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This paper analyses shareholders’ economic value creation using two major banks; HSBC and Barclays plc of UK within a five-year period (2003-2007). We use both internal and external information such as auditors’ annual financial reports, designed control variables, stock market data, etc to analyse business activities and practices of the banks and how they influence shareholders value on the stock market. We applied both the innovative (EVA) and traditional accounting (ROA and ROE) methods to measure their respective performances, regress it against stock market returns and other control values to understand their
explanatory power especially to shareholders’ economic value. Our empirical results were mix: Though both innovative and traditional accounting methods do explain the variations of the stock returns for both HSBC and Barclays, the information content of EVA per equity is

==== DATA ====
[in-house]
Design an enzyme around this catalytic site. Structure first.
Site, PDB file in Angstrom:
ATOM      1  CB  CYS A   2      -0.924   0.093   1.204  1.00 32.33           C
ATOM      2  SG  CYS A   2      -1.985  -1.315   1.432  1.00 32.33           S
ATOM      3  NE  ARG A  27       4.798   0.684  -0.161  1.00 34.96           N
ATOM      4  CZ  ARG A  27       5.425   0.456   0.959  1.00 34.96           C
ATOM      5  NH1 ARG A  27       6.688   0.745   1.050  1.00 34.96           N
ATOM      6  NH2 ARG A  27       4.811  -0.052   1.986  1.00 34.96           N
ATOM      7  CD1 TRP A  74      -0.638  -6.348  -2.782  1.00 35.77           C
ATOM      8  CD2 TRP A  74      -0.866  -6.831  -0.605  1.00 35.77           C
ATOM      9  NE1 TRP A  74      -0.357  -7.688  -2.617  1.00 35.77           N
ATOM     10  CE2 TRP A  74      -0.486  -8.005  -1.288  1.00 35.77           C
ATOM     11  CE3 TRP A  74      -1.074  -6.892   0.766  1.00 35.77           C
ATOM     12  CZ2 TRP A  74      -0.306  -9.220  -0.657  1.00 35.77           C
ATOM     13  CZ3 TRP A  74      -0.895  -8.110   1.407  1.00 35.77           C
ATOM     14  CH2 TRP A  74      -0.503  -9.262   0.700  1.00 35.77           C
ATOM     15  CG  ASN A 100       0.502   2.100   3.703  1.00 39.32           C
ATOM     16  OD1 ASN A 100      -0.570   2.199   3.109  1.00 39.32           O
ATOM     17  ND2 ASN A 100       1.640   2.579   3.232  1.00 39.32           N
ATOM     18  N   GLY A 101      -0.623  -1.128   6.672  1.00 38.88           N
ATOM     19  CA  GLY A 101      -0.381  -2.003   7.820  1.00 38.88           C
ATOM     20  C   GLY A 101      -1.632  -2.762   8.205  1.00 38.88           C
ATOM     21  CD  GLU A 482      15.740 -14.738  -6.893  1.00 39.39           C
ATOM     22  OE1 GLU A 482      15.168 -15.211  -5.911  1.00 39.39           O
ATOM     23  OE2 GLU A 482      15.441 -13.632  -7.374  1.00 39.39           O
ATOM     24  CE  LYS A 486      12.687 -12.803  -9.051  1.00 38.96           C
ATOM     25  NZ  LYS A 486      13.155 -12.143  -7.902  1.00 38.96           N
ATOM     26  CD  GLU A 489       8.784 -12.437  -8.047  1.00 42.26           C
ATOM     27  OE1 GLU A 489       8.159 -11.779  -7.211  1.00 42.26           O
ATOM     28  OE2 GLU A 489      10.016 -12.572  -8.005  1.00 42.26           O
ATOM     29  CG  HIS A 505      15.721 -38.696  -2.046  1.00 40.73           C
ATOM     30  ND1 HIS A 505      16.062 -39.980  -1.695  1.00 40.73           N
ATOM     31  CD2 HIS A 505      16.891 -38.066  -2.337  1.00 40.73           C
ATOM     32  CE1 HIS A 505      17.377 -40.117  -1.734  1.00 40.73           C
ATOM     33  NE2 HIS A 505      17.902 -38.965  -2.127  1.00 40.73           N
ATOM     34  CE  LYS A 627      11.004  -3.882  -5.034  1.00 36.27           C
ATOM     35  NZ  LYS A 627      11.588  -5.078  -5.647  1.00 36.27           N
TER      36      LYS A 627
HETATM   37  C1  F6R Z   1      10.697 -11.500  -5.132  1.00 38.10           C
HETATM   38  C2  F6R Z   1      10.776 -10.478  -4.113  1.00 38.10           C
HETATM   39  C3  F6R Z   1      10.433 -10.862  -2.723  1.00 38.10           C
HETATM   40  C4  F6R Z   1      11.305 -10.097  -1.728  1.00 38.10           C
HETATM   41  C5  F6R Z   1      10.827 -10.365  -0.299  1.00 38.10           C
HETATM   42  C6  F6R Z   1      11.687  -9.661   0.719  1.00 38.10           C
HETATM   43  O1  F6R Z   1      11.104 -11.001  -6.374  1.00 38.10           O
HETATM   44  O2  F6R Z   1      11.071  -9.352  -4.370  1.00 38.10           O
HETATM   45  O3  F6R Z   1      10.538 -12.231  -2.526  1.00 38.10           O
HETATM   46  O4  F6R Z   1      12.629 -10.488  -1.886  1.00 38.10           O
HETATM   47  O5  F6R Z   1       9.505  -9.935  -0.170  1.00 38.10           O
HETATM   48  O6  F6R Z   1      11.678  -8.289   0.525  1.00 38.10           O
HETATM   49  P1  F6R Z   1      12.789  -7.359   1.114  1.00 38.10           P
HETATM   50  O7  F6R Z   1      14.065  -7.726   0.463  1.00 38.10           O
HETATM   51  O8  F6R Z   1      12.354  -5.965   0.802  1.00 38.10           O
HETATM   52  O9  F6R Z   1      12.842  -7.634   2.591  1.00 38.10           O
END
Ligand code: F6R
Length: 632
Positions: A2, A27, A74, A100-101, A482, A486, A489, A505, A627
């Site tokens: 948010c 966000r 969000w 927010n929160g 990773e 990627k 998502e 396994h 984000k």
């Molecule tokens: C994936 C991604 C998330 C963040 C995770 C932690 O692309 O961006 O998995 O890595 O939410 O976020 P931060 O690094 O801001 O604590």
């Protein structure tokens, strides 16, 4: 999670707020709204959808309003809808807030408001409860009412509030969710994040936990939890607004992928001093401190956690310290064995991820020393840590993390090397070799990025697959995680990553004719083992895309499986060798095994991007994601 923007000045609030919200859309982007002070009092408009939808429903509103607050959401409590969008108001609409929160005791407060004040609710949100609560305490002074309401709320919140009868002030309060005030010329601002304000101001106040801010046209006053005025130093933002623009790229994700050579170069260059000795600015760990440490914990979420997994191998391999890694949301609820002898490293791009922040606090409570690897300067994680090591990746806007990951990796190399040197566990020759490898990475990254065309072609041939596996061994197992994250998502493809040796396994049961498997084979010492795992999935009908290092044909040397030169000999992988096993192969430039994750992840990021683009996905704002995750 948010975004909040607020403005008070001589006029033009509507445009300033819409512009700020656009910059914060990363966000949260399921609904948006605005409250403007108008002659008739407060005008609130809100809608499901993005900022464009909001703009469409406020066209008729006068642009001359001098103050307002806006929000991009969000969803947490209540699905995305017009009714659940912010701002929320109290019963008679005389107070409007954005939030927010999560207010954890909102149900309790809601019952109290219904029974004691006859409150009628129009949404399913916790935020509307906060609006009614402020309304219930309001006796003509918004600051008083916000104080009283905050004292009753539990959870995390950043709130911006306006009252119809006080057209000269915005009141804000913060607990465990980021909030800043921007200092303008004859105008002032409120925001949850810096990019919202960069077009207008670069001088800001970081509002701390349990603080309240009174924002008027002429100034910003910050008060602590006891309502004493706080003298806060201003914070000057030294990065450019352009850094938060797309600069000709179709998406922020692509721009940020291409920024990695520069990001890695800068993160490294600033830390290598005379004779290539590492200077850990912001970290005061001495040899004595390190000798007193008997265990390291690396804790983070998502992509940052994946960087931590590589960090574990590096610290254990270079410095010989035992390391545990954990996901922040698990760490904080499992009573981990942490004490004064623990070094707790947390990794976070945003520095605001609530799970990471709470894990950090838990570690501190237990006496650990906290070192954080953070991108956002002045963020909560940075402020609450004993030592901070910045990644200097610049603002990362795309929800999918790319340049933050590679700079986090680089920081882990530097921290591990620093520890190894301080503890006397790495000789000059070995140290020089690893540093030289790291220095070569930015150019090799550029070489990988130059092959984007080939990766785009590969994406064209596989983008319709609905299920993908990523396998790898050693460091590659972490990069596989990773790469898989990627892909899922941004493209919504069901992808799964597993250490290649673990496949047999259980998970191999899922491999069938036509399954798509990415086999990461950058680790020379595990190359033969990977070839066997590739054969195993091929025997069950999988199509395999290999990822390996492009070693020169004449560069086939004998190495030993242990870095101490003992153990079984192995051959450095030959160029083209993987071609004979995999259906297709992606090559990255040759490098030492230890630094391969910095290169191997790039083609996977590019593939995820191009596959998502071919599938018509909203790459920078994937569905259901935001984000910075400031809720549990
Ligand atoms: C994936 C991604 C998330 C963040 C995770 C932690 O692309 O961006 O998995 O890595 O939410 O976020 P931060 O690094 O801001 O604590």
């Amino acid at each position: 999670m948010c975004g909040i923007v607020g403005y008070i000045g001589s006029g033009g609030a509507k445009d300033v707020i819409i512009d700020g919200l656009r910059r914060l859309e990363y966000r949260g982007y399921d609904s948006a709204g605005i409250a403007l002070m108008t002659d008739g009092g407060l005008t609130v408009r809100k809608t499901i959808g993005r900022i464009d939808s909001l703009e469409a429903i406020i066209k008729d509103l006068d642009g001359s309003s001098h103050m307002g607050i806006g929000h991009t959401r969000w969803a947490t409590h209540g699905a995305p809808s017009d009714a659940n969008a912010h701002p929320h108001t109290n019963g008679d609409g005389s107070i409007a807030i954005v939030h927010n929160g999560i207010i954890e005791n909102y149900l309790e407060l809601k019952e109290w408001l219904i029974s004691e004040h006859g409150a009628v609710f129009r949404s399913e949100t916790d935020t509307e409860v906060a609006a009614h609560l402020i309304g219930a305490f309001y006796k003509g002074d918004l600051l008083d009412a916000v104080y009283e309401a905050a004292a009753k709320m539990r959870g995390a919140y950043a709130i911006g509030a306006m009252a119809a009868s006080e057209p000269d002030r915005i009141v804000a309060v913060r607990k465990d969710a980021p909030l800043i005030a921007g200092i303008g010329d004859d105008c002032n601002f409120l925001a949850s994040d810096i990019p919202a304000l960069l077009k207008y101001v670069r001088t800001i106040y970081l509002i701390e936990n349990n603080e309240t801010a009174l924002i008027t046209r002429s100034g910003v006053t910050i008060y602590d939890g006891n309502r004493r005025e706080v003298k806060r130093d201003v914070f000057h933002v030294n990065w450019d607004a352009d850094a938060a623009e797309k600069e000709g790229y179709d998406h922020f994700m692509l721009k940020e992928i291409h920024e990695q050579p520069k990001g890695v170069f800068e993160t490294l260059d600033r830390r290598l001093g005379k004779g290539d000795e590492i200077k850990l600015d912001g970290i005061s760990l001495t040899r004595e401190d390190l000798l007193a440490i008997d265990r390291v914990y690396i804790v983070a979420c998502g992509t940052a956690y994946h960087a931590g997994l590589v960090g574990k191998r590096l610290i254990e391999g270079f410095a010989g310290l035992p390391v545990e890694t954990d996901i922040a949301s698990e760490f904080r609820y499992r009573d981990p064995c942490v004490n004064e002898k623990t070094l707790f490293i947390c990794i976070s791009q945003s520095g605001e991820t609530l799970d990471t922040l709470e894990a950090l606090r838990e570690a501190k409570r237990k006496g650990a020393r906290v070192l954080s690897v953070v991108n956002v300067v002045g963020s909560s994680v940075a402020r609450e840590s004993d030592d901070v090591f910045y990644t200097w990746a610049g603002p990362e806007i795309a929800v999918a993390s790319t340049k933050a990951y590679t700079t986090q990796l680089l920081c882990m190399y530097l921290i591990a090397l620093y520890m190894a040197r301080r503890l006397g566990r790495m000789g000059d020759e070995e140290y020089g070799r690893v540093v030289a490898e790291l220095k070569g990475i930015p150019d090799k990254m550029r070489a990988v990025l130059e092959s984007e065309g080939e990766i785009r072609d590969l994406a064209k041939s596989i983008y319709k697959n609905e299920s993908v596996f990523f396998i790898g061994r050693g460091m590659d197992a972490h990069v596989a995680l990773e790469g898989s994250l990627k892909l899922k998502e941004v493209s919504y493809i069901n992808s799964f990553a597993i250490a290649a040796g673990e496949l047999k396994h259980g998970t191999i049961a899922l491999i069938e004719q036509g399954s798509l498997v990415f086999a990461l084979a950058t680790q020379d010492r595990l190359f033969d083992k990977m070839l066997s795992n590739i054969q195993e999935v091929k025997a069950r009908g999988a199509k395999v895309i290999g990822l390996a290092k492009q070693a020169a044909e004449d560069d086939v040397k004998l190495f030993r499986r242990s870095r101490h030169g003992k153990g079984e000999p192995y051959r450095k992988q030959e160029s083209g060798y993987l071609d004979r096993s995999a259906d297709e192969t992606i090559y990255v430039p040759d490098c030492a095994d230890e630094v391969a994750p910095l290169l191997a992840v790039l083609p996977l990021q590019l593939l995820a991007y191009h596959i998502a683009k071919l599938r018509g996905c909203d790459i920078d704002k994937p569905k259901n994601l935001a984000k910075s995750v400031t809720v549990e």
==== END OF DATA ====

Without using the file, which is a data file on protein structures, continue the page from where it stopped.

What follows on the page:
superior to the variations of Barclays’ stock market returns whiles return on asset (ROA) provides more explanation power to variations in the stock market returns for HSBC.
At the comparative level both banks are creating values but Barclays provides higher average EVA per equity compare to HSBC. However Barclays operates under higher internal
volatility which affects it performances measurements including stock market reactions and returns hence HSBC prove to be superior when shareholders measure them on risk-adjusted level.